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Individuals, firms, governments and nations behave strategically, for good and bad. Over the last few decades, game theory has been constructed and progressively refined to become the major tool used by social scientists to understand, predict and regulate strategic interaction among agents who often have conflicting interests. In the surprisingly anodyne jargon of the theory, they 'play games'. This book offers an introduction to the basic tools of game theory and an overview of a number of applications to real-world cases, covering the areas of economics, politics and international relations. Each chapter is accompanied by some suggestions about further reading.
Consolidating existing knowledge in Design Science, this book proposes a new research method to aid the exploration of design and problem solving within business, science and technology. It seeks to overcome a dichotomy that exists in the field between theory and practice to enable researches to find solutions to problems, rather than focusing on the explanation and exploration of the problems themselves.
Currently, researches concentrate on to describing, exploring, explaining and predicting phenomena, and little attention is devoted to prescribing solutions. Herbert Simon proposes the need to develop a Science of the Artificial (Design Science), arguing that our reality is much more artificial than natural. However, the research conducted on the Design Science premises has so far been scattered and erratic in different fields of research, such as management, systems information and engineering. This book aims to address this issue by bringing these fields together and emphasising the need for solutions.
This book provides a valuable resource to students and researchers of research methods, information systems, management and management science, and production and operations management.
From the TRANSLATOR'S INTRODUCTION.
The immortal Elements of Euclid was already in dim antiquity a classic, regarded as absolutely perfect, valid without restriction.
Elementary geometry was for two thousand years as stationary, as fixed, as peculiarly Greek, as the Parthenon. On this foundation pure science rose in Archimedes, in Apollonius, in Pappus; struggled in Theon, in Hypatia; declined in Proclus; fell into the long decadence of the Dark Ages.
The book that monkish Europe could no longer understand was then taught in Arabic by Saracen and Moor in the Universities of Bagdad and Cordova.
To bring the light, after weary, stupid centuries, to western Christendom, an Englishman, Adelhard of Bath, journeys, to learn Arabic, through Asia Minor, through Egypt, back to Spain. Disguised as a Mohammedan student, he got into Cordova about 1120, obtained a Moorish copy of Euclid's Elements, and made a translation from the Arabic into Latin.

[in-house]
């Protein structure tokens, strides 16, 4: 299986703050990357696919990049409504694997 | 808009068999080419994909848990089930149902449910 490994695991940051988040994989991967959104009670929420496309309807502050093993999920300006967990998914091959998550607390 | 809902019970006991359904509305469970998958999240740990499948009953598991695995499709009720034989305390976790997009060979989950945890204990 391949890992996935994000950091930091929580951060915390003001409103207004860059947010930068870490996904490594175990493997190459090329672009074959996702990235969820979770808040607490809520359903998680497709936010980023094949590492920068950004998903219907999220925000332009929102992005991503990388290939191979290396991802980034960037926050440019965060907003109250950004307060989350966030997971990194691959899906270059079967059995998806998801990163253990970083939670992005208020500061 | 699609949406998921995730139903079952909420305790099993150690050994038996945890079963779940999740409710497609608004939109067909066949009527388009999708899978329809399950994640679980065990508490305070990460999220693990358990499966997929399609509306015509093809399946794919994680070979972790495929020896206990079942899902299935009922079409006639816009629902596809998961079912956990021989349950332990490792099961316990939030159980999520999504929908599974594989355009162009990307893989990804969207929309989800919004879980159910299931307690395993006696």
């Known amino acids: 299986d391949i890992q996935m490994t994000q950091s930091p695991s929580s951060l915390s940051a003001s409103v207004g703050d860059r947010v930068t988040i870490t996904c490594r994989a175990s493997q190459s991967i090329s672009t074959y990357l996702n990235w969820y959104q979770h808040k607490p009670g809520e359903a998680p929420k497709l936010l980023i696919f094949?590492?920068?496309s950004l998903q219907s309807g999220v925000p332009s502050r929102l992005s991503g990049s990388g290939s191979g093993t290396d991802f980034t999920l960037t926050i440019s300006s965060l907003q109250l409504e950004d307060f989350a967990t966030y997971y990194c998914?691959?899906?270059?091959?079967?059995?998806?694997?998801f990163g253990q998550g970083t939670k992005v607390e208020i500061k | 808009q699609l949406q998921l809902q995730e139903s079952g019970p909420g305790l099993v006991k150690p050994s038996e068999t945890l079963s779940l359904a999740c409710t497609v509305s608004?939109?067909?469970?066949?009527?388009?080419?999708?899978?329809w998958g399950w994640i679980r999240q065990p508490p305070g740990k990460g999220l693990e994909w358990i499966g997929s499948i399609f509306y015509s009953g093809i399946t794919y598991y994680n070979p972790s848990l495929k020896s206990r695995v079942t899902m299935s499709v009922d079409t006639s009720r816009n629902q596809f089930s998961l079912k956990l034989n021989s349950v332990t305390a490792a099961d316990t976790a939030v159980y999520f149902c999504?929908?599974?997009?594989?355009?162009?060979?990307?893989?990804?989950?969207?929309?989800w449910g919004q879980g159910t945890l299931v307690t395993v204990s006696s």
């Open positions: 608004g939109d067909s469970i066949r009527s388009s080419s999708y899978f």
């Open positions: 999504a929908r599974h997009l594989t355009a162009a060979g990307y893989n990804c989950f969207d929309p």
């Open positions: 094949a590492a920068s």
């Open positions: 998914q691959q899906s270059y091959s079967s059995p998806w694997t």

The first printed edition of Euclid, published in Venice in 1482, was a Latin version from the Arabic. The translation into Latin from the Greek, made by Zamberti from a MS. of Theon's revision, was first published at Venice in 1505.
Twenty-eight years later appeared the editio princeps in Greek, published at Basle in 1533 by John Hervagius, edited by Simon Grynaeus. This was for a century and three-quarters the only printed Greek text of all the books, and from it the first English translation (1570) was made by ''Henricus Billingsley," afterward Sir Henry Billingsley, Lord Mayor of London in 1591.
And even to-day, 1895, in the vast system of examinations carried out by the British Government, by Oxford, and by Cambridge, no proof of a theorem in geometry will be accepted which infringes Euclid's sequence of propositions.
Nor is the work unworthy of this extraordinary immortality.
Says Clifford: ''This book has been for nearly twenty-two centuries the encouragement and guide of that scientific thought which is one thing with the progress of man from a worse to a better state.
"The encouragement; for it contained a body of knowledge that was really known and could be relied on.
"The guide; for the aim of every student of every subject was to bring his knowledge of that subject into a form as perfect as that which geometry had attained."
But Euclid stated his assumptions with the most painstaking candor, and would have smiled at the suggestion that he claimed for his conclusions any other truth than perfect deduction from assumed hypotheses. In favor of the external reality or truth of those assumptions he said no word.
Among Euclid's assumptions is one differing from the others in prolixity, whose place fluctuates in the manuscripts.
Peyrard, on the authority of the Vatican MS., puts it among the postulates, and it is often called the parallel-postulate. Heiberg, whose edition of the text is the latest and best (Leipzig, 1883-1888), gives it as the fifth postulate.
James Williamson, who published the closest translation of Euclid we have in English, indicating, by the use of italics, the words not in the original, gives this assumption as eleventh among the Common Notions.
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